Student 'Hope Squads' Fight Teen Suicide by Saving Peers' Lives: 'Every School Should Have This'
"We train kids to recognize the warning signs," says Hope Squad founder Greg Hudnall
Utah high school principal Greg Hudnall had just finished helping police identify the body of one of his students — who had killed himself hours earlier with a handgun in a public park — when he broke down sobbing. Sitting in his car on that dark winter night in 1997, he realized he’d lost track of exactly how many funerals of teenage suicide victims he’d attended in recent years.
“That’s when I told myself, ‘I’m done. I can’t take any more of this,’” Hudnall tells PEOPLE in this week’s issue, on stands now. “I vowed that I would do everything I could to prevent it from ever happening again.”
Hudnall, 59, has made good on his promise to try and find a solution to the soaring epidemic of teenage suicide — by creating a network of teen mentors in high schools around the country that has since shown real promise in the face of sobering statistics.
According to the latest data compiled by the Centers for Disease Control and Prevention, teen suicide rates skyrocketed 70 percent between 2006 and 2016. Nearly 6,800 youth between 10-24 took their lives in 2017, and each day over 3,000 teens nationwide attempt suicide.
Enlisting the help of teams of students known as Hope Squads, he and volunteers have trained over 10,000 elementary, middle school and high school students to recognize warning signs in their depressed or suicidal peers and empower them to seek help from an adult.
“They’re not counselors or therapists,” explains Hudnall, whose program works closely with local mental health experts and has recently spread from Utah to 15 other states and Canada. “But these kids become the eyes and the ears of their school.”
Hope Squad members are chosen by a simple procedure: Each year students at participating schools are asked to name three peers they would turn to if they were struggling emotionally. From that list, several dozen kids are picked to become squad members.
Over the course of the school year they receive roughly 80 hours of training in everything from how to recognize signs of suicide contemplation and depression to how to provide companionship to those students who appear in need of a friend.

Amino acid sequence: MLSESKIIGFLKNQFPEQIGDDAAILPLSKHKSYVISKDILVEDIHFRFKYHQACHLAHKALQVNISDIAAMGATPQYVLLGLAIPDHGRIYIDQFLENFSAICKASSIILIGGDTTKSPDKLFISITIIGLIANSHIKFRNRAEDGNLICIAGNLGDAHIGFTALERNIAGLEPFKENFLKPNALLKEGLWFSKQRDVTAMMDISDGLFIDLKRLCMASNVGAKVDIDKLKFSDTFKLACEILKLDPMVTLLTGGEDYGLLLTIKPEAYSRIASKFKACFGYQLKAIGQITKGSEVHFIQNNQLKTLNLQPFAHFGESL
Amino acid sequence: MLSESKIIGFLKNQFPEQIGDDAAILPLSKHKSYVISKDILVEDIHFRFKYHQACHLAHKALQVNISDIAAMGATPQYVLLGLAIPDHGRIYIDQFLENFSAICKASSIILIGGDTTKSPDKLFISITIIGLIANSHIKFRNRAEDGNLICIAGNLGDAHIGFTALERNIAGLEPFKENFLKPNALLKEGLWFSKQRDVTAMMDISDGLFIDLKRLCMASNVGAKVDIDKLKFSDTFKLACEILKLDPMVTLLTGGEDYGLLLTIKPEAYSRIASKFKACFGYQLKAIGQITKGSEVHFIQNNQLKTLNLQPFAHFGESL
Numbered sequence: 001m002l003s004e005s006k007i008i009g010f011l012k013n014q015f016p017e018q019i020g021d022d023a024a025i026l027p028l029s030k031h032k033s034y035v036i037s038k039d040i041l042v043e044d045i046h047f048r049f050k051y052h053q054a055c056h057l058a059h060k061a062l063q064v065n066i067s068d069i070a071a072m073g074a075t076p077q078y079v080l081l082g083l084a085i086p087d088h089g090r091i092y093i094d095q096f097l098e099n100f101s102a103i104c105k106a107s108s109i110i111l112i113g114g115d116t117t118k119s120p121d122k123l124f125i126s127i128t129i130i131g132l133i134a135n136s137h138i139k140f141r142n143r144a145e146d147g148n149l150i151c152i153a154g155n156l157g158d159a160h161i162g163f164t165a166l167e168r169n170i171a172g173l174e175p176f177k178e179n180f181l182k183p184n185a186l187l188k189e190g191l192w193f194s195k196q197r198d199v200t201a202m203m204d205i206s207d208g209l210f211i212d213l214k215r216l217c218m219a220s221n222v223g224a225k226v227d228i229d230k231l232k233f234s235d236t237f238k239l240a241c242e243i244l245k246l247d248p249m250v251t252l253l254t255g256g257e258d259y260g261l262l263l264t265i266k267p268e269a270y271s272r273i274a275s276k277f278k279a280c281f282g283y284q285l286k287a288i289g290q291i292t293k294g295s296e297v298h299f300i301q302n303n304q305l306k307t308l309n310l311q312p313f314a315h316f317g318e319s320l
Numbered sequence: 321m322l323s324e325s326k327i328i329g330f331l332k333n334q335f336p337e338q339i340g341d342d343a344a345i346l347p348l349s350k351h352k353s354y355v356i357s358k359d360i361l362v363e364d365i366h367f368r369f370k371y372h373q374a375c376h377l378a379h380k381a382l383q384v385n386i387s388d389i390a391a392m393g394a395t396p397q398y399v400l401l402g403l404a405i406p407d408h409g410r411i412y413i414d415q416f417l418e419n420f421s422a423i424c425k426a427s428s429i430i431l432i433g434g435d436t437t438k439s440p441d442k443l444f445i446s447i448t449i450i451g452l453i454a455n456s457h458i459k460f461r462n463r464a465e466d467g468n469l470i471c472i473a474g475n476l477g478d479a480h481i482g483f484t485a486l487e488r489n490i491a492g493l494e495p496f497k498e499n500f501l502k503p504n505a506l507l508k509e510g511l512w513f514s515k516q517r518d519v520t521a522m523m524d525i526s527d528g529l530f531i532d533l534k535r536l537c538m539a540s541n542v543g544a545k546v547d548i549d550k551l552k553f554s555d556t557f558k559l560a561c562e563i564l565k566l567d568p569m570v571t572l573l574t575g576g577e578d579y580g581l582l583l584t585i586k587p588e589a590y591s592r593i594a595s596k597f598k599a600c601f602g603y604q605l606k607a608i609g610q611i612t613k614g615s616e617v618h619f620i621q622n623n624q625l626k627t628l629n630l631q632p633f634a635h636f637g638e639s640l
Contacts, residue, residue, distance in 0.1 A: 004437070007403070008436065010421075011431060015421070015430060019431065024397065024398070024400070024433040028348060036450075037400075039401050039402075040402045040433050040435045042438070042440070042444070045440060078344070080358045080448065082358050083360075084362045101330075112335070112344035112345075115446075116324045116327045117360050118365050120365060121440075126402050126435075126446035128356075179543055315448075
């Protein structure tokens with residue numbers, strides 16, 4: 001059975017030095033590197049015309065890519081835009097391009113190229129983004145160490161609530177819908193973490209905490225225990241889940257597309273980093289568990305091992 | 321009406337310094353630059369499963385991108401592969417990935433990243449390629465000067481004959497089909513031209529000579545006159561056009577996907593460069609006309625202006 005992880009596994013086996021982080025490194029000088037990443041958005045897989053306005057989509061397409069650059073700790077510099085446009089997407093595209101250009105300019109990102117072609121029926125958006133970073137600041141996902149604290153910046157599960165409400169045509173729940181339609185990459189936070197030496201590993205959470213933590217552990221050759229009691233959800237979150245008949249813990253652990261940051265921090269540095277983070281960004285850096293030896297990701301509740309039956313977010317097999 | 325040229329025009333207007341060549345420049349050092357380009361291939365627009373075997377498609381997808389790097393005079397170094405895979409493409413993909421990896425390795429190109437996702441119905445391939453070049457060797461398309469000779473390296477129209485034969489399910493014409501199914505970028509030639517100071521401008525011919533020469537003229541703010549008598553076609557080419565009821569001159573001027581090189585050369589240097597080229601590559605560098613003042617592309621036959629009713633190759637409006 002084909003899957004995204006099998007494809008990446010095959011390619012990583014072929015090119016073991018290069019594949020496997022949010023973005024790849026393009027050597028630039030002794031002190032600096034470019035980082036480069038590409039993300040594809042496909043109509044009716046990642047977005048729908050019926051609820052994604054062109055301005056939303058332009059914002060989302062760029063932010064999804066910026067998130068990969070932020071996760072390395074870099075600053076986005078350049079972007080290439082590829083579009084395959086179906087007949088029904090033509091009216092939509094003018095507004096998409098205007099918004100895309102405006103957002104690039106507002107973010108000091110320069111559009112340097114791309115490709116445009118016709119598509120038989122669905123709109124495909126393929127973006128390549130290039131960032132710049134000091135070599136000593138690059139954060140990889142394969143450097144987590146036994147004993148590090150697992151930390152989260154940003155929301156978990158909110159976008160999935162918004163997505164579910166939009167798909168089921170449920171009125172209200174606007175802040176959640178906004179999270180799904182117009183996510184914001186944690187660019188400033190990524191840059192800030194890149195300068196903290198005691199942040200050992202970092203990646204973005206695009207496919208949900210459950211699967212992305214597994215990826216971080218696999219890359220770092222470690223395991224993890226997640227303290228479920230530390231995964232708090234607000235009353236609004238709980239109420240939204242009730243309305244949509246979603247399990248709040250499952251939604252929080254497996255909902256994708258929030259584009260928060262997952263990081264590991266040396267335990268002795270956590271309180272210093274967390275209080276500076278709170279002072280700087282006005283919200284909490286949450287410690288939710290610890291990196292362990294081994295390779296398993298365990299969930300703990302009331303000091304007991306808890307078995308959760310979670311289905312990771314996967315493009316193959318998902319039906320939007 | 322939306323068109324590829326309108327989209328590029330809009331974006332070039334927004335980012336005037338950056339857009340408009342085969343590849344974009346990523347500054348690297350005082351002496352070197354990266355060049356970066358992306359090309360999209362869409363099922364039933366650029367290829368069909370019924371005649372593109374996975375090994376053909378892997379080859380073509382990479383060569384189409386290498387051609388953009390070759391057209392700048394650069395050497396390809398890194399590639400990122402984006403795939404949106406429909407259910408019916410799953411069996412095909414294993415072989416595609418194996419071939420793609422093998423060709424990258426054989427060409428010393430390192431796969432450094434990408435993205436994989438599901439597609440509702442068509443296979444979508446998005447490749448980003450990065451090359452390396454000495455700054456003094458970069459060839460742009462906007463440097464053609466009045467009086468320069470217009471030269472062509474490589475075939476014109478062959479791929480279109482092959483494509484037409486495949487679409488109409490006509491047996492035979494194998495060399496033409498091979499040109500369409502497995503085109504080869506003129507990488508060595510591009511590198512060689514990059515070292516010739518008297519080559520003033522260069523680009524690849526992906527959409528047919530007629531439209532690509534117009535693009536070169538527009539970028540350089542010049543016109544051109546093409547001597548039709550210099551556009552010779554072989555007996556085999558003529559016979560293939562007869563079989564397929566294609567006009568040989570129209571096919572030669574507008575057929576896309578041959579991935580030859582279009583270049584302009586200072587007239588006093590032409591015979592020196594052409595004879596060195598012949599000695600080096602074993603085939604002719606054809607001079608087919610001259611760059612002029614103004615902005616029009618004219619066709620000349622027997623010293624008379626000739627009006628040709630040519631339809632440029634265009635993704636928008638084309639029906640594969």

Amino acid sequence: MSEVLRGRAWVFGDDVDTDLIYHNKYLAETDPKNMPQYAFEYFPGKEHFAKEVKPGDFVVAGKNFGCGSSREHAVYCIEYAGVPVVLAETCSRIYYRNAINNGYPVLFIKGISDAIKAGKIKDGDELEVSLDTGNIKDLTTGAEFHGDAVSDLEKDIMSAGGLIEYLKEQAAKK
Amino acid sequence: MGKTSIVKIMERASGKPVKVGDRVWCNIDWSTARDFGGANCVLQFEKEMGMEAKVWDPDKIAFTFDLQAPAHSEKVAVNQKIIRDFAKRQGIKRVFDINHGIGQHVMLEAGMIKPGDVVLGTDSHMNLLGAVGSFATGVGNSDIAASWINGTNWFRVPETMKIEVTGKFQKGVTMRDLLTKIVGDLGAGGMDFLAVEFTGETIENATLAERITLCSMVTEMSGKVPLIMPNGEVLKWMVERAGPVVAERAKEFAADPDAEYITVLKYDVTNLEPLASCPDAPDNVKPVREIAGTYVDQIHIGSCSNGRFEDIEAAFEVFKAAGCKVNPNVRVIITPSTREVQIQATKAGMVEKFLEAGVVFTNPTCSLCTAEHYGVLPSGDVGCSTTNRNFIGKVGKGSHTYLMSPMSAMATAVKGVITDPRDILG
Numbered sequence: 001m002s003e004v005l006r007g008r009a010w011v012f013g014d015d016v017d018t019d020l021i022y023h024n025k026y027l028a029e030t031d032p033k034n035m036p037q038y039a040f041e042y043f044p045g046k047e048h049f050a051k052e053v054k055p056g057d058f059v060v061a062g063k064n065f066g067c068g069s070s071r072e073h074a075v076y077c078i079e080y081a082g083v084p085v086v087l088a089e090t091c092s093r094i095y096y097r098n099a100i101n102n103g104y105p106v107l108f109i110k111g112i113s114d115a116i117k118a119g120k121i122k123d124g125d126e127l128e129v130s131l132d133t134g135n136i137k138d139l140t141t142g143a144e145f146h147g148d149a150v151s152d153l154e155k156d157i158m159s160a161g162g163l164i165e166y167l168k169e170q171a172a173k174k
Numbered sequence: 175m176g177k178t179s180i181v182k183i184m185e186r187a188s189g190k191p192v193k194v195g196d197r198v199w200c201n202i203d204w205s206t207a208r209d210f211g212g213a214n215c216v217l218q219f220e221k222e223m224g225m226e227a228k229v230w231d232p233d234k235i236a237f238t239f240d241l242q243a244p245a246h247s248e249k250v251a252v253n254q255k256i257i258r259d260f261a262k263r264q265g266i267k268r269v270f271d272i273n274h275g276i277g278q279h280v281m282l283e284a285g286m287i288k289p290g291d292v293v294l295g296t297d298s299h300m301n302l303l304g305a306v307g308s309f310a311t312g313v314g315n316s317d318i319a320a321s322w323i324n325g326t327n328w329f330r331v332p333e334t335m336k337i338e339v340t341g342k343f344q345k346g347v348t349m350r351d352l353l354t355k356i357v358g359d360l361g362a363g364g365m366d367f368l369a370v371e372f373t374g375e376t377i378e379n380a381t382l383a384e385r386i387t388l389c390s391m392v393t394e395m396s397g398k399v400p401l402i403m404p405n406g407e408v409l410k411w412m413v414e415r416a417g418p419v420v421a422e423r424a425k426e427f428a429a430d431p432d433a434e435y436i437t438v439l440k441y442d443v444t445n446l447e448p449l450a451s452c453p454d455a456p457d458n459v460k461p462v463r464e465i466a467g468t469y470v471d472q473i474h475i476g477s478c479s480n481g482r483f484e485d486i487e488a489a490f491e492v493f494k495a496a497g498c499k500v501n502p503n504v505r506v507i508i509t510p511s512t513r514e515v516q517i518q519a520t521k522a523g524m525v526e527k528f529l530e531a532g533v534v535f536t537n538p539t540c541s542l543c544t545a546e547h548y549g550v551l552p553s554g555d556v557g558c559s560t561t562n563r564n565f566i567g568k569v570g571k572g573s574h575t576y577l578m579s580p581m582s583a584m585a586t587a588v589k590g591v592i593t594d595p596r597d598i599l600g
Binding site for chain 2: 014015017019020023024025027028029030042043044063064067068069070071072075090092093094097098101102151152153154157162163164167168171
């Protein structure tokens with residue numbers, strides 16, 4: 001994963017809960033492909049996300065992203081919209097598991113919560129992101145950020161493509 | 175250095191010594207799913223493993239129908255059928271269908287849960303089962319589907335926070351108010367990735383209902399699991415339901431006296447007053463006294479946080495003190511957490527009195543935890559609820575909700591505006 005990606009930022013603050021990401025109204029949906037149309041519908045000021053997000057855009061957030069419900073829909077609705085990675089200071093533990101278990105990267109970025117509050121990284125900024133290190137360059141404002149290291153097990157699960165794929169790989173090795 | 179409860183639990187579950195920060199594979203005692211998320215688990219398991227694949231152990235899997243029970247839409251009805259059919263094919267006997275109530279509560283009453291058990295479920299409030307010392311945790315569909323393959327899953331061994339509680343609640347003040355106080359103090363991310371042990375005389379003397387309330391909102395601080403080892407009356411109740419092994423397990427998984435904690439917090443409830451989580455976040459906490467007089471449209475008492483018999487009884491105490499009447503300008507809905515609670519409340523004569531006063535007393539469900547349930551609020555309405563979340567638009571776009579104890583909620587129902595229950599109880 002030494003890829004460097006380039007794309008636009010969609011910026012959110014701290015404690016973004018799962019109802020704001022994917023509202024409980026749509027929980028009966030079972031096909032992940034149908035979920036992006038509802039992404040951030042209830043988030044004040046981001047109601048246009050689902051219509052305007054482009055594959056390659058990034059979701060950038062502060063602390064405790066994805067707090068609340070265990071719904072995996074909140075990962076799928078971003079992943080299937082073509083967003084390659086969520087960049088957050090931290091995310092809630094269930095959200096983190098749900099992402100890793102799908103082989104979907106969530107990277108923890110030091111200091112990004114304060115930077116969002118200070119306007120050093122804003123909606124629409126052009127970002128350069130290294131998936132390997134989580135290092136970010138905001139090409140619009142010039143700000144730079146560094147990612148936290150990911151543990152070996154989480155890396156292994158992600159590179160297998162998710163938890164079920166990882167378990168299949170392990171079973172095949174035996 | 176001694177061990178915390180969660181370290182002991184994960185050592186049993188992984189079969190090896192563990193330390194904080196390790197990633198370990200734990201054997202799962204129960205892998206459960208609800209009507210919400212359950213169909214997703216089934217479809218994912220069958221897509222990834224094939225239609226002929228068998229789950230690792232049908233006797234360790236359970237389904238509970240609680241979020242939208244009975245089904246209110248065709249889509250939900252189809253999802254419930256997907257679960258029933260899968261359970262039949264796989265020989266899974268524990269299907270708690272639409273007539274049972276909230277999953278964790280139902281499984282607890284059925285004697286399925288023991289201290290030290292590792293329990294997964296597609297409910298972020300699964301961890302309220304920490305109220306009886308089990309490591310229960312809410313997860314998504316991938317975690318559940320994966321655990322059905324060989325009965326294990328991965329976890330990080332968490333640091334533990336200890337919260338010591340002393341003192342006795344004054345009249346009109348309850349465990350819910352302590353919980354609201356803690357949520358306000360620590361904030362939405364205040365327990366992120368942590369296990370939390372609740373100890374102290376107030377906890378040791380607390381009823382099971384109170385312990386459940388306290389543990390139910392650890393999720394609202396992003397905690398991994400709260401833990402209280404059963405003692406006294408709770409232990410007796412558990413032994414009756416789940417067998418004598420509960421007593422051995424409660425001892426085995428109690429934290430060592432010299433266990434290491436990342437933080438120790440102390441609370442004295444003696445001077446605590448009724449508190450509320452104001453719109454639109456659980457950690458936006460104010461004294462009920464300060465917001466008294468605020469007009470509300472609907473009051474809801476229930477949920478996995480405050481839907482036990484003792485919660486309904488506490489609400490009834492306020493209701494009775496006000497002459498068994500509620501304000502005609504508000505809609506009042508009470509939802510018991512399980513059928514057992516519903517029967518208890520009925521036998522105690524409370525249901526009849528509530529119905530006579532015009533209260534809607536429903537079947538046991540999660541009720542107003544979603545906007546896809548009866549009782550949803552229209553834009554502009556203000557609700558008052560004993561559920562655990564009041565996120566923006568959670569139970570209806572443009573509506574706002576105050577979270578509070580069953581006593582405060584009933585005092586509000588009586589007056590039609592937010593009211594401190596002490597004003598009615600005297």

Early on, Hudnall — who left his career as a school administrator to develop his Hope Squad program — realized that a critical part of the solution to the teen suicide epidemic are teens themselves.
“Seven out of ten young people who take their lives will tell a friend beforehand, not an adult,” says Hudnall, who now serves as the executive director of the group HOPE4UTAH. “And that friend will never tell anybody. That’s what happened with the young man I was asked to identify in the park. He told five people what he was going to do in the days leading up to his death.”
That’s exactly why Tyelle Gustofson, an 18-year-old recent grad from Orem, Utah’s Mountain View High School, made the tough decision to contact a school counselor last December when a close friend announced to a group of buddies that he was planning on killing himself.
“My friends all wanted to help, but didn’t know how,” recalls Gustofson. “Because of Hope Squad I knew it was something I had to act on quickly. But it was scary because I knew my friend, who has a violent temper, would be furious. But I decided I’d rather have a friend who was angry at me than one who is no longer here.”
The youth, who is currently undergoing counseling, recently thanked Gustofson for getting him help. “I can’t think of anything better than that,” he adds.
If you or someone you know is considering suicide, please contact the National Suicide Prevention Lifeline at 1-800-273-TALK (8255), text “home” to the Crisis Text Line at 741-741 or go to suicidepreventionlifeline.org.